South Carolina Governor's School for Science and Mathematics Receives Monsanto Fund Grant

The South Carolina Governor’s School for Science and Mathematics provide challenging programs for students in the areas of science, technology, engineering and math. It cultivates academically motivated individuals that will become the next generation of researchers and problem solvers in both South Carolina and the nation as a whole.

Employees at Monsanto’s Hartsville, S.C. know the important role this school plays, and that’s why they nominated it to receive a $1,820 grant from the Monsanto Fund, the philanthropic arm of Monsanto Company, to help them purchase new lab equipment.

The grant will be used to purchase a mini gas chromatograph, an instrument used for separating and analyzing organic compounds.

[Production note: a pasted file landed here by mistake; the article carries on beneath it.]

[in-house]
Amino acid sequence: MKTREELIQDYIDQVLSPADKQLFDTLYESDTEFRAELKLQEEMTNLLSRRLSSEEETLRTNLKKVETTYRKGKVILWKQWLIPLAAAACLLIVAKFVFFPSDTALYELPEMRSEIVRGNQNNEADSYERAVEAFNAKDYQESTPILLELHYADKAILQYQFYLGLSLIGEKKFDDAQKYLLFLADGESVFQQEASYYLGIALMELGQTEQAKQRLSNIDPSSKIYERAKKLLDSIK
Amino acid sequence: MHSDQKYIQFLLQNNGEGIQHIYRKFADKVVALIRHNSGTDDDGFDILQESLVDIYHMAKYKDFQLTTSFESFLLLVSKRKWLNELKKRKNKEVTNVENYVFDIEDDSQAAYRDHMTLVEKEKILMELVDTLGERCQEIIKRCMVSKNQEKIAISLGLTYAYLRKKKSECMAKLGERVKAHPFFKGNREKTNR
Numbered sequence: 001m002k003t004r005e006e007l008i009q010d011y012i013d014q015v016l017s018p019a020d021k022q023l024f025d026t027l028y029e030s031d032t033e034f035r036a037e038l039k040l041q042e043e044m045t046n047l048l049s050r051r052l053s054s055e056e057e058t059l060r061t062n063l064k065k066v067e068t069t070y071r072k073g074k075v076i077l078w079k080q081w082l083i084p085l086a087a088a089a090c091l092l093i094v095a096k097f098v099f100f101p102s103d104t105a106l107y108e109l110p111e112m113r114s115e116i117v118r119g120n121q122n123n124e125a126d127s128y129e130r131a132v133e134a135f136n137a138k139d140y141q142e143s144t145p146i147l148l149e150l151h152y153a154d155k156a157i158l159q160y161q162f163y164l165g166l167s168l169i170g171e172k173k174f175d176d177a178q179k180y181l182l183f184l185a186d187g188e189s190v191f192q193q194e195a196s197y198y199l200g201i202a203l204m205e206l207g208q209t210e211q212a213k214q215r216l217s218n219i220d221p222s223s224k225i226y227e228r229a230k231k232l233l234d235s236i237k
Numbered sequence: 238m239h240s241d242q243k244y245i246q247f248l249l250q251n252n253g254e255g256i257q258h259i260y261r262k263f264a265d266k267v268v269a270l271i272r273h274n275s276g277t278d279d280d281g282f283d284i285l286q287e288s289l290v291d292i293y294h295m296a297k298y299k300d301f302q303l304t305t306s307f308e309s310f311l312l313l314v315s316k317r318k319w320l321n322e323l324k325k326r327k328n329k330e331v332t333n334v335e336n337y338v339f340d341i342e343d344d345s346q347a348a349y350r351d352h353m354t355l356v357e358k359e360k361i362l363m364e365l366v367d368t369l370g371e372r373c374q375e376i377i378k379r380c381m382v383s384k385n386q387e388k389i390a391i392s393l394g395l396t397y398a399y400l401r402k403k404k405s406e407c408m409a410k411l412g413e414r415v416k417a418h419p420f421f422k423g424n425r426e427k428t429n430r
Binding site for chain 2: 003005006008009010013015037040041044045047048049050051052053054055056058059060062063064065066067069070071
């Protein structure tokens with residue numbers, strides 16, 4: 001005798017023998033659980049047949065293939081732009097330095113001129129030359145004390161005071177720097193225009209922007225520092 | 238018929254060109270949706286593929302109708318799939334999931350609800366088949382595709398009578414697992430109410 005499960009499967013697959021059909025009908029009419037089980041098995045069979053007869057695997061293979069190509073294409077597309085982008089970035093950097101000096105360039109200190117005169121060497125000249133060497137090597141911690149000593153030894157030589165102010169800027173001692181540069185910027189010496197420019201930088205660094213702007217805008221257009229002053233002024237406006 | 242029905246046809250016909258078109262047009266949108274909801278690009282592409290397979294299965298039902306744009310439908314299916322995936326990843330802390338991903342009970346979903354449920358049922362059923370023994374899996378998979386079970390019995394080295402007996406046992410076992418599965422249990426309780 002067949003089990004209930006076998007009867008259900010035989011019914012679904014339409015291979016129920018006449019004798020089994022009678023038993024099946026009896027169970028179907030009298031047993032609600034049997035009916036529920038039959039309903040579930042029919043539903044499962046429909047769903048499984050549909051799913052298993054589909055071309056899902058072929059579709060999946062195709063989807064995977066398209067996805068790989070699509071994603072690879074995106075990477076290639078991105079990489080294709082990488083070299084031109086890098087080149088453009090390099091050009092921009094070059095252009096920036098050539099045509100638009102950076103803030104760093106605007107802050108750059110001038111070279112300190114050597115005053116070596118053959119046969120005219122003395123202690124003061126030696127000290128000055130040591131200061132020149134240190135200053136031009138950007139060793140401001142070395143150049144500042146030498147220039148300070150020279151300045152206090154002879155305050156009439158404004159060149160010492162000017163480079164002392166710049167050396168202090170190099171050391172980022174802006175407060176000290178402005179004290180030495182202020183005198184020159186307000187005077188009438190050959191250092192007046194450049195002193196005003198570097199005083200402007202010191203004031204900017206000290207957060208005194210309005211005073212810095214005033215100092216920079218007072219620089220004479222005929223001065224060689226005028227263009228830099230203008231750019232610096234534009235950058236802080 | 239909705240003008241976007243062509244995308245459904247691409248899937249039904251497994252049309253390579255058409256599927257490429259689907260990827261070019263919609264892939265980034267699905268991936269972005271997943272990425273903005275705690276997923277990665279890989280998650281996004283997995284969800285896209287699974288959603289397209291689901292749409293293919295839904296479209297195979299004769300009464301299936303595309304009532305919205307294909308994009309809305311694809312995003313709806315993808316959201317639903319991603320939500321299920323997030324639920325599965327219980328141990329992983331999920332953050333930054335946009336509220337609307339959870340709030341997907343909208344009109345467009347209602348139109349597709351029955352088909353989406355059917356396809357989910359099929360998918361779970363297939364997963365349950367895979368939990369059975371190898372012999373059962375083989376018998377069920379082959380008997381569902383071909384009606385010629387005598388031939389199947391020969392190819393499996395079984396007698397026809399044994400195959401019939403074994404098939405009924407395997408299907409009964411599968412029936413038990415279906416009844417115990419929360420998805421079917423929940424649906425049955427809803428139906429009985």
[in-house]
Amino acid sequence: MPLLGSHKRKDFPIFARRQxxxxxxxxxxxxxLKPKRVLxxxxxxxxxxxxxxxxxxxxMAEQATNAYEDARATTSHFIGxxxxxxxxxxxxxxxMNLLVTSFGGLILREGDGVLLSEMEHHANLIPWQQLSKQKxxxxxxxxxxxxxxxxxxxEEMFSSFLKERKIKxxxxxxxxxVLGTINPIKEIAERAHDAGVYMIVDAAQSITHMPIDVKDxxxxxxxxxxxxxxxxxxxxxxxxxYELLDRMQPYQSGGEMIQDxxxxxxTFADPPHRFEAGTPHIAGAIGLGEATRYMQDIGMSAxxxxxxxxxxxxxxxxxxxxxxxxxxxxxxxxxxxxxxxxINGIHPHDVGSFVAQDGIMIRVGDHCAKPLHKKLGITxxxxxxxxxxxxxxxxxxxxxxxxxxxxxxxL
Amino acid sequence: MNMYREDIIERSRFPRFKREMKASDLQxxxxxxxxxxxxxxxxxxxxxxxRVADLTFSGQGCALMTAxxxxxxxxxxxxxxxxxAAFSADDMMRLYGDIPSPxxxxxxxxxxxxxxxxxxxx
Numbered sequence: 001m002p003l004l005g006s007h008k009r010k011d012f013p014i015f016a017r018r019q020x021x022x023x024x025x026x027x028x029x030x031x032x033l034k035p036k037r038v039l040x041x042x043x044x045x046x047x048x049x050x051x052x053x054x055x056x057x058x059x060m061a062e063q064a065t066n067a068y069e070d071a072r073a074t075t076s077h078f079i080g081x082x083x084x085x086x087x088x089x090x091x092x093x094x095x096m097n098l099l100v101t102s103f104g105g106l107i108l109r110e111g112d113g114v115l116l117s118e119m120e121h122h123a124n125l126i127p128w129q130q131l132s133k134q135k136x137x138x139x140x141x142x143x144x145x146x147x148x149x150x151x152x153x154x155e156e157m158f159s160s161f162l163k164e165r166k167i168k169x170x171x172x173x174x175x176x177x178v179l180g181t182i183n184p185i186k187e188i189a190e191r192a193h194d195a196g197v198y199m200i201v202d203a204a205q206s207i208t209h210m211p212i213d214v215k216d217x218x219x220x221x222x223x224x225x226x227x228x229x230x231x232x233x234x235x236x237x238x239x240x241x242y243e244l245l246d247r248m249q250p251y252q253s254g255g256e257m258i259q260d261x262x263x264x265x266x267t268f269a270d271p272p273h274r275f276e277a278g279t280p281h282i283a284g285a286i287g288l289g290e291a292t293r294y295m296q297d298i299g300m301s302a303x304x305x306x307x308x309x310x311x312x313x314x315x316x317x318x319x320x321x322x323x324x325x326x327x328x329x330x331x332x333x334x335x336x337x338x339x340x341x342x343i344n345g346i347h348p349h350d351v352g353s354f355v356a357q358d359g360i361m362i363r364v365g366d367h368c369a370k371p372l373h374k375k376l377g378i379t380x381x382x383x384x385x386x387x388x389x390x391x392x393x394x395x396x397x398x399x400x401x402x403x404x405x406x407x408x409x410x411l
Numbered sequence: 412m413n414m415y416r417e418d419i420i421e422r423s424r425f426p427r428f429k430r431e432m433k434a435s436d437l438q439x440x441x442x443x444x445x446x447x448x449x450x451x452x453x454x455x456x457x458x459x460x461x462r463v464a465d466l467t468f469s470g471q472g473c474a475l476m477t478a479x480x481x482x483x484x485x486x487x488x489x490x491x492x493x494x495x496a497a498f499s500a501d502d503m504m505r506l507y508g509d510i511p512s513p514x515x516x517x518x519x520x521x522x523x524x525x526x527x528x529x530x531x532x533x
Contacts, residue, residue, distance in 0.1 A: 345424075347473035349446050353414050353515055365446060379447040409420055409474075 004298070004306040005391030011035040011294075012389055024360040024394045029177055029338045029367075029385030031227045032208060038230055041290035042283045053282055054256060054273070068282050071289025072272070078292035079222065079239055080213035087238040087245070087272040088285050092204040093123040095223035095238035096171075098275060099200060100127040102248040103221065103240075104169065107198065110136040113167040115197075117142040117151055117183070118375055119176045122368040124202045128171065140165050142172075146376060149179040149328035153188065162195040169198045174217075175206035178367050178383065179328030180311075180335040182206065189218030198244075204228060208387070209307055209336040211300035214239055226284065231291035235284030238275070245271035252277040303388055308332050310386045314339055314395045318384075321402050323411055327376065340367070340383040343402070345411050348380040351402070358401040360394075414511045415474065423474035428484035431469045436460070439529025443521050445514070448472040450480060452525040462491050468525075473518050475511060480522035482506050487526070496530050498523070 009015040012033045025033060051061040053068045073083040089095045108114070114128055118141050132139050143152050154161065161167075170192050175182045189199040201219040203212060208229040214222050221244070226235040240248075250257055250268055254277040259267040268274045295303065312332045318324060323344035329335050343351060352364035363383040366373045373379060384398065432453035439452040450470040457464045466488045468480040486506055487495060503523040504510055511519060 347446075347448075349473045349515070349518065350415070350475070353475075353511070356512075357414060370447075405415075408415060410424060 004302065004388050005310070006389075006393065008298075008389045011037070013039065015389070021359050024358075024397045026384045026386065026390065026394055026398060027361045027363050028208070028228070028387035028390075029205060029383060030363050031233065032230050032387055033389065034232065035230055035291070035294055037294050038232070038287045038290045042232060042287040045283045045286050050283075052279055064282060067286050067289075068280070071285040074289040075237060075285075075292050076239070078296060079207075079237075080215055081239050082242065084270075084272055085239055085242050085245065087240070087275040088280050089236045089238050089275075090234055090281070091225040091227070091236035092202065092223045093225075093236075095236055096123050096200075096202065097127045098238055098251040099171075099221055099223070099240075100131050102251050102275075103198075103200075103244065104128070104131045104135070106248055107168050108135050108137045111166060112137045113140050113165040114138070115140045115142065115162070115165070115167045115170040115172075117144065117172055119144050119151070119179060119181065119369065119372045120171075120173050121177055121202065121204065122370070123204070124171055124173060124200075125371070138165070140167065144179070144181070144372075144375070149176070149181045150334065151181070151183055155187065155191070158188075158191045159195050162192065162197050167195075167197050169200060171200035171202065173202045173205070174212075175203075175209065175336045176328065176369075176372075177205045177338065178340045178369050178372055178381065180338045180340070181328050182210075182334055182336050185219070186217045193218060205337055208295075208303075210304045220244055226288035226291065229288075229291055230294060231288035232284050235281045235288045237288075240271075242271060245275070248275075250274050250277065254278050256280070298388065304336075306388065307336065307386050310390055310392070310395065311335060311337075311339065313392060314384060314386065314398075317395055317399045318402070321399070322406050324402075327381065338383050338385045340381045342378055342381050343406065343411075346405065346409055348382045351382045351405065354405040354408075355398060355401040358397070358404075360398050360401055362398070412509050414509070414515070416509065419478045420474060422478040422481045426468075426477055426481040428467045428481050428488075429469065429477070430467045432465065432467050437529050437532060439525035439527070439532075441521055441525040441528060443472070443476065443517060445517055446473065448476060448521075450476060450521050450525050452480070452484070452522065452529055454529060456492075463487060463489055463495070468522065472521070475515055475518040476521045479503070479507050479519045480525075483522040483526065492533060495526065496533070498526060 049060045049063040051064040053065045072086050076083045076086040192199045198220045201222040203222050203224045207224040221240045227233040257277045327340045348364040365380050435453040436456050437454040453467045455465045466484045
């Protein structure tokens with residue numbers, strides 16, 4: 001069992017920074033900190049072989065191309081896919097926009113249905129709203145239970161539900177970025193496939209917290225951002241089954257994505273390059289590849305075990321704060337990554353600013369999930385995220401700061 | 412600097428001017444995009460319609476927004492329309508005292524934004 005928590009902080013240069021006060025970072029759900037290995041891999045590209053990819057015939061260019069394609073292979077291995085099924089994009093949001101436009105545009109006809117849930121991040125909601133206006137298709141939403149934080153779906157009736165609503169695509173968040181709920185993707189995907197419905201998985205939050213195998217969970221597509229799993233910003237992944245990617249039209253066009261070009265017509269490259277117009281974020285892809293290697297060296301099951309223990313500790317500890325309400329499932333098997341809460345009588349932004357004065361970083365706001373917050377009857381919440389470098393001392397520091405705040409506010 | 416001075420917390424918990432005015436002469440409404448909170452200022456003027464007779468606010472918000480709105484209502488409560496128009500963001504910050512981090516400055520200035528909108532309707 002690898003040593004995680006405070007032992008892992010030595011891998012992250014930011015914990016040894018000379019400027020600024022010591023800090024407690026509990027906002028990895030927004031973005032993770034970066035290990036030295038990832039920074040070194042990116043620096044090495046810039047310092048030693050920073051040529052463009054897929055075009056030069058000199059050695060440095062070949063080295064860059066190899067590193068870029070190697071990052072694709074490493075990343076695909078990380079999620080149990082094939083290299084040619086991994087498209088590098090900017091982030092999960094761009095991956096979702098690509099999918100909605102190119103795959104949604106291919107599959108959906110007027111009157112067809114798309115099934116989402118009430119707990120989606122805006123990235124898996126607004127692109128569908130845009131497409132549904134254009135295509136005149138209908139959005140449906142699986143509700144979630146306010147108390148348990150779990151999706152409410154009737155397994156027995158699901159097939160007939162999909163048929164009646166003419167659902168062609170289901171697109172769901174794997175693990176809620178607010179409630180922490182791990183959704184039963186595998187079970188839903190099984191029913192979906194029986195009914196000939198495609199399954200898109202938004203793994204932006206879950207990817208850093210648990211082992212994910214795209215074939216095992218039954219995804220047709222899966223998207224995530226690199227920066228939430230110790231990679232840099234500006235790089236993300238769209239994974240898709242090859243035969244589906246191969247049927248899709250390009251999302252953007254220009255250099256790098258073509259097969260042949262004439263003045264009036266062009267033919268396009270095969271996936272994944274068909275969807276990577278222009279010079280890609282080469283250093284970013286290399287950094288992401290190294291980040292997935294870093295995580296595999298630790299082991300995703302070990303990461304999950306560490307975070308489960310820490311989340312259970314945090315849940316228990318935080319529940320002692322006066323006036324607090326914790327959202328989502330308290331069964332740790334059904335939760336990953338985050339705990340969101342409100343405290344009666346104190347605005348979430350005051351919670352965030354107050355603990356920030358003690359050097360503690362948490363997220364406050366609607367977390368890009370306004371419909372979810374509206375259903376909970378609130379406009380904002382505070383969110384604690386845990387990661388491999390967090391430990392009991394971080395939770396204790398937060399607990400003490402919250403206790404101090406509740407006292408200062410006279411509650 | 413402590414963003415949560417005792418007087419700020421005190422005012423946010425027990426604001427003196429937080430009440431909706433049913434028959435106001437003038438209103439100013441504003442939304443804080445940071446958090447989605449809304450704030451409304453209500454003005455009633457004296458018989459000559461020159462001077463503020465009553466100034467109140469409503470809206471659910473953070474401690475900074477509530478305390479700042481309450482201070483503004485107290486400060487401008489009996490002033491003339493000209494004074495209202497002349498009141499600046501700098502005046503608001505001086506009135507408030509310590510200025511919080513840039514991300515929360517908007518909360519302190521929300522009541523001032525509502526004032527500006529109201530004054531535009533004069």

“The purchase of our own mini gas chromatograph will allow the students to have practical experience and will prepare them for future research,” Phelesia Jones-Cooper, Ph.D., chemistry instructor at the school, said.

Dawn Fraser, a breeder at Monsanto, was also excited to play a part in the grant.

“The school really emphasizes strong research training, which is in part why their students go on to become successful in the fields of science and math,” Fraser said. “These are the students who may become the next generation of Monsanto employees, and we believe it is important to support these programs.”

Kim Bowman, CEO of the Governor’s School for Science and Mathematics Foundation, was thrilled to receive the grant.

“Thanks to the generosity of companies such as Monsanto and the Monsanto Fund, we are able to expose our students to cutting-edge technology and instruments,” Bowman said. “Their support allows us to remain an innovative leader in science, technology, engineering and math education.

This grant is part of a broad commitment by the Monsanto Fund, which is focused on strengthening farming communities, as well as the communities where Monsanto’s employees live and work.